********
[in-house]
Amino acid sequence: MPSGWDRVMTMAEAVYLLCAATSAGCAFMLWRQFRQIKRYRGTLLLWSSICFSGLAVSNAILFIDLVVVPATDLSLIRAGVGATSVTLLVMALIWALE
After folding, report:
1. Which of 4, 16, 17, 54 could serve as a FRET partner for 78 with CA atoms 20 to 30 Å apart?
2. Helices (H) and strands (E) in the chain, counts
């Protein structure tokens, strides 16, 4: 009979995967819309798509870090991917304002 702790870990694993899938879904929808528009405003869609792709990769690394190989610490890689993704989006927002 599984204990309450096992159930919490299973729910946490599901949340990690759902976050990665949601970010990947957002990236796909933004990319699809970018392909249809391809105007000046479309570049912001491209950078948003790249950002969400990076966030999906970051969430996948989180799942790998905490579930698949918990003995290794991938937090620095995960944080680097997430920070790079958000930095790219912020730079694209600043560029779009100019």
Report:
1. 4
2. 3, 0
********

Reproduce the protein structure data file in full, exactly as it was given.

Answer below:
[in-house]
Amino acid sequence: MPSGWDRVMTMAEAVYLLCAATSAGCAFMLWRQFRQIKRYRGTLLLWSSICFSGLAVSNAILFIDLVVVPATDLSLIRAGVGATSVTLLVMALIWALE
After folding, report:
1. Which of 4, 16, 17, 54 could serve as a FRET partner for 78 with CA atoms 20 to 30 Å apart?
2. Helices (H) and strands (E) in the chain, counts
């Protein structure tokens, strides 16, 4: 009979995967819309798509870090991917304002 702790870990694993899938879904929808528009405003869609792709990769690394190989610490890689993704989006927002 599984204990309450096992159930919490299973729910946490599901949340990690759902976050990665949601970010990947957002990236796909933004990319699809970018392909249809391809105007000046479309570049912001491209950078948003790249950002969400990076966030999906970051969430996948989180799942790998905490579930698949918990003995290794991938937090620095995960944080680097997430920070790079958000930095790219912020730079694209600043560029779009100019």
Report:
1. 4
2. 3, 0